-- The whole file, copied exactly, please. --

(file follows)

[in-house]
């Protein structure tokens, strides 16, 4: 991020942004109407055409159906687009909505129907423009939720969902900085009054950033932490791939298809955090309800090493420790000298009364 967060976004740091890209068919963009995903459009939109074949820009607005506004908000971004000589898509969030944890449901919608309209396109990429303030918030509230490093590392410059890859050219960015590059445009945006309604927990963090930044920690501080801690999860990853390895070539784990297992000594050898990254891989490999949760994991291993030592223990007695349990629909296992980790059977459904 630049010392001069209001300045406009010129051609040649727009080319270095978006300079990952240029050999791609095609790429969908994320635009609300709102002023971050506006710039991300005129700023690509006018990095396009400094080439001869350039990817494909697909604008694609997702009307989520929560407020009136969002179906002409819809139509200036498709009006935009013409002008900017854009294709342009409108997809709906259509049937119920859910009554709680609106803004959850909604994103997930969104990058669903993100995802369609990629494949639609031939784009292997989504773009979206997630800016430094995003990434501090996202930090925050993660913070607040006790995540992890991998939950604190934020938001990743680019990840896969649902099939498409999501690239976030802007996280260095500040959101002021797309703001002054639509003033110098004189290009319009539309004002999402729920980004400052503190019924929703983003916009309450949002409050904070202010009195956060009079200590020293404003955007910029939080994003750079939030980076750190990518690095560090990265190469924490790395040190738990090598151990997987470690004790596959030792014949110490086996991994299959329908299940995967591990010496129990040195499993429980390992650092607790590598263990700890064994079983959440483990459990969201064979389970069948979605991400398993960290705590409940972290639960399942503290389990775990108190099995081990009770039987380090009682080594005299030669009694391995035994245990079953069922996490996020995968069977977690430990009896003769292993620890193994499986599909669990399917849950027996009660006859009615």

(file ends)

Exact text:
[in-house]
């Protein structure tokens, strides 16, 4: 991020942004109407055409159906687009909505129907423009939720969902900085009054950033932490791939298809955090309800090493420790000298009364 967060976004740091890209068919963009995903459009939109074949820009607005506004908000971004000589898509969030944890449901919608309209396109990429303030918030509230490093590392410059890859050219960015590059445009945006309604927990963090930044920690501080801690999860990853390895070539784990297992000594050898990254891989490999949760994991291993030592223990007695349990629909296992980790059977459904 630049010392001069209001300045406009010129051609040649727009080319270095978006300079990952240029050999791609095609790429969908994320635009609300709102002023971050506006710039991300005129700023690509006018990095396009400094080439001869350039990817494909697909604008694609997702009307989520929560407020009136969002179906002409819809139509200036498709009006935009013409002008900017854009294709342009409108997809709906259509049937119920859910009554709680609106803004959850909604994103997930969104990058669903993100995802369609990629494949639609031939784009292997989504773009979206997630800016430094995003990434501090996202930090925050993660913070607040006790995540992890991998939950604190934020938001990743680019990840896969649902099939498409999501690239976030802007996280260095500040959101002021797309703001002054639509003033110098004189290009319009539309004002999402729920980004400052503190019924929703983003916009309450949002409050904070202010009195956060009079200590020293404003955007910029939080994003750079939030980076750190990518690095560090990265190469924490790395040190738990090598151990997987470690004790596959030792014949110490086996991994299959329908299940995967591990010496129990040195499993429980390992650092607790590598263990700890064994079983959440483990459990969201064979389970069948979605991400398993960290705590409940972290639960399942503290389990775990108190099995081990009770039987380090009682080594005299030669009694391995035994245990079953069922996490996020995968069977977690430990009896003769292993620890193994499986599909669990399917849950027996009660006859009615």